"Political theater": Abbott's border stunt could raise food prices after causing $240M in damages

"This is not just a localized issue. It's going to hit you in St. Louis or up in Seattle," advocate warns

By Alex Henderson

Published April 18, 2022 12:00PM (EDT)

Texas Governor Greg Abbott (Tom Fox-Pool/Getty Images)
Texas Governor Greg Abbott (Tom Fox-Pool/Getty Images)

This article originally appeared on AlterNet.

In Texas, Gov. Greg Abbott — who is running for reelection in the 2022 midterms — made it much more difficult for goods and produce to enter the United States from Mexico when he ordered "enhanced safety inspections" of commercial vehicles at the Texas/Mexico border. Former Rep. Beto O'Rourke, the Democratic gubernatorial nominee running against Abbott, has slammed the Republican governor's political stunt as bad for business. And journalists Alicia Wallace and Vanessa Yurkevich, reporting for CNN in an article published on April 16, describe some of the difficulties that Abbott has inflicted on the supply chain.

"A week-long protest by Texas Gov. Greg Abbott against President Biden's recent immigration policy reached a resolution on Friday, (April 15), but the gridlock it created has resulted in hundreds of millions of lost dollars and delays in shipments of everything from avocados to automobile parts that will have a longer-term impact," Wallace and Yurkevich explain. "On Friday, Abbott reversed course on an order he put in place last week that required lengthier 'enhanced safety inspections' of commercial vehicles entering Texas. The efforts, he said, were to help stop the flow of illegal contraband and human trafficking."

The CNN reporters add, "Abbott's move, which Texas Agriculture Commissioner Sid Miller criticized as 'political theater,' ultimately created a logjam of trucks between the U.S. and its largest goods trading partner. Vegetable producers say their produce is spoiling in idling trucks and they are losing hundreds of millions of dollars."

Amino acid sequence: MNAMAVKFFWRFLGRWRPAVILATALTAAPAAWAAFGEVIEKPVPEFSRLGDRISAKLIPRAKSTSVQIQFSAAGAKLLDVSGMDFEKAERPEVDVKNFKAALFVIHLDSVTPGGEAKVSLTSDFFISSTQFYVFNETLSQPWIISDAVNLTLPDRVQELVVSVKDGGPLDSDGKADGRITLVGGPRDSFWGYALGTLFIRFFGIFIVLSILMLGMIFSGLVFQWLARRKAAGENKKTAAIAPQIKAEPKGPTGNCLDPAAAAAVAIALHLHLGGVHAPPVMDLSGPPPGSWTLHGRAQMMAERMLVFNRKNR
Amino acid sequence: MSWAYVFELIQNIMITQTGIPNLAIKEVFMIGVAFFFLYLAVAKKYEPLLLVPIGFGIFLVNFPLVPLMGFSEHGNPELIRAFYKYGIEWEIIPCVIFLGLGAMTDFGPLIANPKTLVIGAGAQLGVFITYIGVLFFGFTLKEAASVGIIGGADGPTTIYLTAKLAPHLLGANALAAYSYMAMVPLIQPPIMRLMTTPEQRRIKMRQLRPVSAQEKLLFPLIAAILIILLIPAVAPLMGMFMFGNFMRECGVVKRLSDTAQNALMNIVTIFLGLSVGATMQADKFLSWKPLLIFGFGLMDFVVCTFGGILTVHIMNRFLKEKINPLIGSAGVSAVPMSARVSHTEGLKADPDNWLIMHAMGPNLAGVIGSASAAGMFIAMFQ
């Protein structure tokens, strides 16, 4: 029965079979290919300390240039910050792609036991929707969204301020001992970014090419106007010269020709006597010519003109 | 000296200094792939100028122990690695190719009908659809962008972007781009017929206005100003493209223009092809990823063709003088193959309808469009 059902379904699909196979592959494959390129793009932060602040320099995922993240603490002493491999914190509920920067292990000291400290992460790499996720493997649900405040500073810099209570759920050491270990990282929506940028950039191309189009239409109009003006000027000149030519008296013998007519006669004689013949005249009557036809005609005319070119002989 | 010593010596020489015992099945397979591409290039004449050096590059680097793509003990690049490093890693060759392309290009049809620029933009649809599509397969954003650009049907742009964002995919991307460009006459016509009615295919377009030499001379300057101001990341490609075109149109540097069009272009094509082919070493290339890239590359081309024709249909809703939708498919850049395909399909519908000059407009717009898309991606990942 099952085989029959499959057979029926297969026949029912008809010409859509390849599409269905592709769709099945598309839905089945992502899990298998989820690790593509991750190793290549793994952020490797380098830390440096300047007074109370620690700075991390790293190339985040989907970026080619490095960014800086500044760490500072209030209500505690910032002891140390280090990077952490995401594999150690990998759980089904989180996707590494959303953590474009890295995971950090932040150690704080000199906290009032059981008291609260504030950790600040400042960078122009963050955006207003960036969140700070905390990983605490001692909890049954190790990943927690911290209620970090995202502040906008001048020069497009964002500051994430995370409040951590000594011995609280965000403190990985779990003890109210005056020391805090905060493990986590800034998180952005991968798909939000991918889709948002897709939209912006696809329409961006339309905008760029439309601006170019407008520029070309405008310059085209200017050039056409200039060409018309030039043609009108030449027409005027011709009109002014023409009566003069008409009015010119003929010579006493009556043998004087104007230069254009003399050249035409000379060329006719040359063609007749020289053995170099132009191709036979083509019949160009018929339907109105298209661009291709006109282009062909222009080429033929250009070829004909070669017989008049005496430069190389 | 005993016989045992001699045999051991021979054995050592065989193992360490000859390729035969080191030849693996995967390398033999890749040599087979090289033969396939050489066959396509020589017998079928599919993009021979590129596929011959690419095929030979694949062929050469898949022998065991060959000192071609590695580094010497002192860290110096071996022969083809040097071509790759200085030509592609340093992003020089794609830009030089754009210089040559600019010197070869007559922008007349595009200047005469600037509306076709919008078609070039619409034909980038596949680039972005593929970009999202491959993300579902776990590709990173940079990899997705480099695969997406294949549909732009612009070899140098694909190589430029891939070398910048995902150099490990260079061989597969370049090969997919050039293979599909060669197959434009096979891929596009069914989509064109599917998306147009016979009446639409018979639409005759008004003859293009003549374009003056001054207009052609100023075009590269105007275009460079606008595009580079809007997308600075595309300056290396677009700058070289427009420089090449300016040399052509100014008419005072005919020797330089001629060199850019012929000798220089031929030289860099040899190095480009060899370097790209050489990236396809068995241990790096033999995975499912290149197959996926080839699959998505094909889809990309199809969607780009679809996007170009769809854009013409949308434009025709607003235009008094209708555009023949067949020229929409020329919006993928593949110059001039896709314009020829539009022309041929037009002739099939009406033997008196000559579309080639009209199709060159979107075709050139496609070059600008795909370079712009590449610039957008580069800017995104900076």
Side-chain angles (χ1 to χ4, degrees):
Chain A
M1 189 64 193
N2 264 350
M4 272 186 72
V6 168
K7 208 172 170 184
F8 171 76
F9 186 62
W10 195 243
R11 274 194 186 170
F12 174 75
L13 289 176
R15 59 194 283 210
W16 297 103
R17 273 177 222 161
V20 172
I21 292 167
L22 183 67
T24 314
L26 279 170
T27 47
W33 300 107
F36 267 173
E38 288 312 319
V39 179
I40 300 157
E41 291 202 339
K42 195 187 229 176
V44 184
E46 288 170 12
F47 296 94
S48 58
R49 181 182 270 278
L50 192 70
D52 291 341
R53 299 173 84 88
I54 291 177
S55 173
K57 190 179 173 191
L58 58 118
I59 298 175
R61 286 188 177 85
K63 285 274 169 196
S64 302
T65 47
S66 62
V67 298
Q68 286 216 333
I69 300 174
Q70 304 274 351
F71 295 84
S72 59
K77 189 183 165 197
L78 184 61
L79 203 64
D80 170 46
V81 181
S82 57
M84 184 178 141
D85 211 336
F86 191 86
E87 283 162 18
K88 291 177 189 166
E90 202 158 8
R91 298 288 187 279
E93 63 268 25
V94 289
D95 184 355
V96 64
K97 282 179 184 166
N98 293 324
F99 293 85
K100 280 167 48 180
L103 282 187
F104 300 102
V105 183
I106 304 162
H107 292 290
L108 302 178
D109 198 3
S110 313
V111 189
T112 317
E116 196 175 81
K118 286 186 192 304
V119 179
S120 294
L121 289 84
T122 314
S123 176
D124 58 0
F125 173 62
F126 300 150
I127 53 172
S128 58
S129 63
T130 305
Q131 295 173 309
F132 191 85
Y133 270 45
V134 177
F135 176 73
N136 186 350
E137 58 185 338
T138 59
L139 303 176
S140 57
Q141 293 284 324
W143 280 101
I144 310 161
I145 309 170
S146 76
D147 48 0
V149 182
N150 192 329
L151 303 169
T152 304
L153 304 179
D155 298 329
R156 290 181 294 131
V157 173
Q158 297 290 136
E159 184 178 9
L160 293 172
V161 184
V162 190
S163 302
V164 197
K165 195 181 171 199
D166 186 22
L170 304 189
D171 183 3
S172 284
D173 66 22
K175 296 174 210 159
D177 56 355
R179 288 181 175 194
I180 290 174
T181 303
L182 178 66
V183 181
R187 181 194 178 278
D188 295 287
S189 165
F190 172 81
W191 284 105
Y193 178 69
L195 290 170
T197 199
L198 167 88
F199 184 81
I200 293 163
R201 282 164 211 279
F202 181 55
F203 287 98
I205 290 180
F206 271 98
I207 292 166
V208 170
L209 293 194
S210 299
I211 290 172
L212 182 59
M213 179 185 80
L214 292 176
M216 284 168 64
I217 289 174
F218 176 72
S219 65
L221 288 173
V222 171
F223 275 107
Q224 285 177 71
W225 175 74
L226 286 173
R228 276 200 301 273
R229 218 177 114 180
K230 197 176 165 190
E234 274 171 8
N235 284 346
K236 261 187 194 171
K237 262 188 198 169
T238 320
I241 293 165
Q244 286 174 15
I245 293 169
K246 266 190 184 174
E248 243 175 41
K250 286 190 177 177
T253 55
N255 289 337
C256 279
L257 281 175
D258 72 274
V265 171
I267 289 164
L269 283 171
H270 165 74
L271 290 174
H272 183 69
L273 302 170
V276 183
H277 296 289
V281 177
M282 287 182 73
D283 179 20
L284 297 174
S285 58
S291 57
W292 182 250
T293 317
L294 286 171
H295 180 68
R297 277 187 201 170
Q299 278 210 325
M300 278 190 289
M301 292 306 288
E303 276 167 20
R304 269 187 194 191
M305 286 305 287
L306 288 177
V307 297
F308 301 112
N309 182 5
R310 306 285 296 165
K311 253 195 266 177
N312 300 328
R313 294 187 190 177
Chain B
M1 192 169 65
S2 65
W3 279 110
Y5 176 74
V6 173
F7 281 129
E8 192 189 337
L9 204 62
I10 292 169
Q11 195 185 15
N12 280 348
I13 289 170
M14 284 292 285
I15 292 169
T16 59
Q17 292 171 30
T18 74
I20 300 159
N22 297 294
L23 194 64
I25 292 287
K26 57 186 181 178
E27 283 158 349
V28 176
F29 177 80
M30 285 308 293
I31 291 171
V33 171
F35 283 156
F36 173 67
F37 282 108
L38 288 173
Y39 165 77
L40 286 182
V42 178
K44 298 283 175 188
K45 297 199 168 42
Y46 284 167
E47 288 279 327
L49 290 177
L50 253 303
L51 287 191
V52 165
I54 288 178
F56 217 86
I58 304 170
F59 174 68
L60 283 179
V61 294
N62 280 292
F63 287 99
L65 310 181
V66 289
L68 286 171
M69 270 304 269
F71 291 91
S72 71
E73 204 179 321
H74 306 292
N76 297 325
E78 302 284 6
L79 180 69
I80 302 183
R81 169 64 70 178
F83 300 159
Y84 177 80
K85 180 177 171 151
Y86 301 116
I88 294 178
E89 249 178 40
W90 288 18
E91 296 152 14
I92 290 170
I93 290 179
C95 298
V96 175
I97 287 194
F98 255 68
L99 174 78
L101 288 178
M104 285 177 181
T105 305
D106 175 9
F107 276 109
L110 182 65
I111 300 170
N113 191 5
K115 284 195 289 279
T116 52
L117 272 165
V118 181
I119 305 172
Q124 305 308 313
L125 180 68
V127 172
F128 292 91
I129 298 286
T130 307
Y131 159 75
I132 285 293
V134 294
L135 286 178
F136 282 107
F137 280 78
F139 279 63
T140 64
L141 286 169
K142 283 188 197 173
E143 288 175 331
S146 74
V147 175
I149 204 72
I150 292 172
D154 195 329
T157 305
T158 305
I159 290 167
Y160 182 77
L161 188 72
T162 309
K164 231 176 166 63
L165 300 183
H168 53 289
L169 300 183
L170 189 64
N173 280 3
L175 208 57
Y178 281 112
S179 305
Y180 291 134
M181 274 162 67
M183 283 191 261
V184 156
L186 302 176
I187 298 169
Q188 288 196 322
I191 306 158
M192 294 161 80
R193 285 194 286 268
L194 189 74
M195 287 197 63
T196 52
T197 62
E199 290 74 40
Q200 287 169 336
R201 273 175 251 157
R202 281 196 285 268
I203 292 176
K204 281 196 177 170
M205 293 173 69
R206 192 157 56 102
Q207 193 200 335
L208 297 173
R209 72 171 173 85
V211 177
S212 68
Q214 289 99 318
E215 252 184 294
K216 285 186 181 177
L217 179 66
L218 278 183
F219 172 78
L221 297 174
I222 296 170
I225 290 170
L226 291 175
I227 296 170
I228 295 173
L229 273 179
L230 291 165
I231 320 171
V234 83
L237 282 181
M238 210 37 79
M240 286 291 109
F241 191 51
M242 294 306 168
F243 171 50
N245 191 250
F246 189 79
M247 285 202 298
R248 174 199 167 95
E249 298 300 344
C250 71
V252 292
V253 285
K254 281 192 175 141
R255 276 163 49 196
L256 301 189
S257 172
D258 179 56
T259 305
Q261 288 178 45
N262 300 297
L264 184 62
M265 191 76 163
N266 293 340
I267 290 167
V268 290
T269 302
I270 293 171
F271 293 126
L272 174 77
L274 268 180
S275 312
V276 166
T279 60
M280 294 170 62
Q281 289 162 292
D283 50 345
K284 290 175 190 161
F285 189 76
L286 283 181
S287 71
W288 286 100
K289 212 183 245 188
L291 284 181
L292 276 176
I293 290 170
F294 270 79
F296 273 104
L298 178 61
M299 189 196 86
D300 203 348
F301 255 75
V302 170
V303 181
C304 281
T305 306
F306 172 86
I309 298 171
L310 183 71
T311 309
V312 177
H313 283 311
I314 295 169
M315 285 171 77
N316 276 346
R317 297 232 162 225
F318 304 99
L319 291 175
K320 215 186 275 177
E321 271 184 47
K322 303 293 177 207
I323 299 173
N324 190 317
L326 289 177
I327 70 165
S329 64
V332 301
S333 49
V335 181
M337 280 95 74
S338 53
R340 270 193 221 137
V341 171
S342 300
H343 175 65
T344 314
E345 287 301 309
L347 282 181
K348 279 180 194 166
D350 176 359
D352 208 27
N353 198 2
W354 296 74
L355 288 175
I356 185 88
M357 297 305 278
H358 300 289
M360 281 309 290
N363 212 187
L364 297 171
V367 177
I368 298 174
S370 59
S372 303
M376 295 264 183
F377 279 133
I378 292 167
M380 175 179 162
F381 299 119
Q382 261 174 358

On Tuesday, April 12, O'Rourke held a news conference at an empty warehouse in Pharr, Texas, blaming Abbott for the fact that it was empty and telling reporters, "This should be full of produce and imports that are going to be picked up by U.S. truckers to be taken deeper into this country. But as you can see, right now, it is empty. It's going to make it harder to keep people employed, to hire people and to keep this economy going here locally and across the state of Texas."

O'Rourke and Miller aren't the only ones who are criticizing Abbott's political stunt. Dante L. Galeazzi, CEO and president of the Texas International Produce Association, told CNN that Abbott used businesses and goods "as bargaining chips," resulting in 30-hour waits for some commercial trucks entering Texas from Mexico — and causing a lot of fruits and vegetables to spoil.

Galeazzi told CNN, "It could take a week or longer, up to probably three weeks, before the supply chain realigns."

According to Lance Jungmeyer, president of the Fresh Produce Association of the Americas, losses for fruit and vegetable producers are estimated to exceed $240 million thanks to Abbott — and Americans can expect to spend more on strawberries, avocados and asparagus.

Jerry Pacheco, president and chief executive officer of the Border Industrial Association in New Mexico, told CNN, "This is not just a localized issue. It's going to hit you in St. Louis or up in Seattle. We're connected to a global supply chain…. It's a bad time to be adding this to consumers' pockets to pay out their pocketbook."

The COVID-19 pandemic has been a major headache for the world's supply chain, aggravating inflation in the U.S. and other countries. And while Abbott's stunt at the Texas/Mexico border was obviously designed to rally the MAGA base and benefit him politically, it was terrible from a business and economic standpoint.

Matthew Hockenberry, an assistant professor at Fordham University in The Bronx, told CNN, "There's so much supply instability right now…. The amount of supply uncertainty is so high that to add another straw here to the camel's back is a dangerous proposition."


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